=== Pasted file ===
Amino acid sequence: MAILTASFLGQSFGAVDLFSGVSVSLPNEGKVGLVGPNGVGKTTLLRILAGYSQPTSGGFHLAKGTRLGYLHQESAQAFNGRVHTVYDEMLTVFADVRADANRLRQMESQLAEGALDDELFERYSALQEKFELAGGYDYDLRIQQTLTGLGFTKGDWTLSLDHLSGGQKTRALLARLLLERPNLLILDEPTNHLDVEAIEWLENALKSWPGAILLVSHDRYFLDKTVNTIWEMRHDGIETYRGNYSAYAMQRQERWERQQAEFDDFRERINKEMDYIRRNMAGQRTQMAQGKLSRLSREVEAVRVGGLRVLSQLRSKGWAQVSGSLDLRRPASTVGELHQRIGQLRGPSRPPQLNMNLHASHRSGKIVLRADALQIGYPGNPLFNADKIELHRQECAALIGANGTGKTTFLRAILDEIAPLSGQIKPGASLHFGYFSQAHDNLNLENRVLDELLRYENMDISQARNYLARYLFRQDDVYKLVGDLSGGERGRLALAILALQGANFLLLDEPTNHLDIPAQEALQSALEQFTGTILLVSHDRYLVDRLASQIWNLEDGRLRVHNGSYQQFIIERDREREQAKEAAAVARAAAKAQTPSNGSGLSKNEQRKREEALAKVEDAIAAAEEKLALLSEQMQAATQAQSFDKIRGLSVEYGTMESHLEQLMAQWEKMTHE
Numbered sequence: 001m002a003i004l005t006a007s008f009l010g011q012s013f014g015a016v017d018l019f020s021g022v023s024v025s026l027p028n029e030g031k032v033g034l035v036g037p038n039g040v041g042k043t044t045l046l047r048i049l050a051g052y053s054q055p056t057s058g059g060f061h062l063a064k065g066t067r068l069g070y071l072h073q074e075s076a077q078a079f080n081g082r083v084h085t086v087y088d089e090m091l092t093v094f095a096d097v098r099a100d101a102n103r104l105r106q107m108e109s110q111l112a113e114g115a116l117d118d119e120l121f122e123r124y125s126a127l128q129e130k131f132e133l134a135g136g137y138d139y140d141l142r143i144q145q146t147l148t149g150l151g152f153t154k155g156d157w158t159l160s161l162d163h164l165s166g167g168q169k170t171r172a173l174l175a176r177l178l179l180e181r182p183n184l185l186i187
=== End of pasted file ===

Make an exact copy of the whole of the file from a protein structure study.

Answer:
Amino acid sequence: MAILTASFLGQSFGAVDLFSGVSVSLPNEGKVGLVGPNGVGKTTLLRILAGYSQPTSGGFHLAKGTRLGYLHQESAQAFNGRVHTVYDEMLTVFADVRADANRLRQMESQLAEGALDDELFERYSALQEKFELAGGYDYDLRIQQTLTGLGFTKGDWTLSLDHLSGGQKTRALLARLLLERPNLLILDEPTNHLDVEAIEWLENALKSWPGAILLVSHDRYFLDKTVNTIWEMRHDGIETYRGNYSAYAMQRQERWERQQAEFDDFRERINKEMDYIRRNMAGQRTQMAQGKLSRLSREVEAVRVGGLRVLSQLRSKGWAQVSGSLDLRRPASTVGELHQRIGQLRGPSRPPQLNMNLHASHRSGKIVLRADALQIGYPGNPLFNADKIELHRQECAALIGANGTGKTTFLRAILDEIAPLSGQIKPGASLHFGYFSQAHDNLNLENRVLDELLRYENMDISQARNYLARYLFRQDDVYKLVGDLSGGERGRLALAILALQGANFLLLDEPTNHLDIPAQEALQSALEQFTGTILLVSHDRYLVDRLASQIWNLEDGRLRVHNGSYQQFIIERDREREQAKEAAAVARAAAKAQTPSNGSGLSKNEQRKREEALAKVEDAIAAAEEKLALLSEQMQAATQAQSFDKIRGLSVEYGTMESHLEQLMAQWEKMTHE
Numbered sequence: 001m002a003i004l005t006a007s008f009l010g011q012s013f014g015a016v017d018l019f020s021g022v023s024v025s026l027p028n029e030g031k032v033g034l035v036g037p038n039g040v041g042k043t044t045l046l047r048i049l050a051g052y053s054q055p056t057s058g059g060f061h062l063a064k065g066t067r068l069g070y071l072h073q074e075s076a077q078a079f080n081g082r083v084h085t086v087y088d089e090m091l092t093v094f095a096d097v098r099a100d101a102n103r104l105r106q107m108e109s110q111l112a113e114g115a116l117d118d119e120l121f122e123r124y125s126a127l128q129e130k131f132e133l134a135g136g137y138d139y140d141l142r143i144q145q146t147l148t149g150l151g152f153t154k155g156d157w158t159l160s161l162d163h164l165s166g167g168q169k170t171r172a173l174l175a176r177l178l179l180e181r182p183n184l185l186i187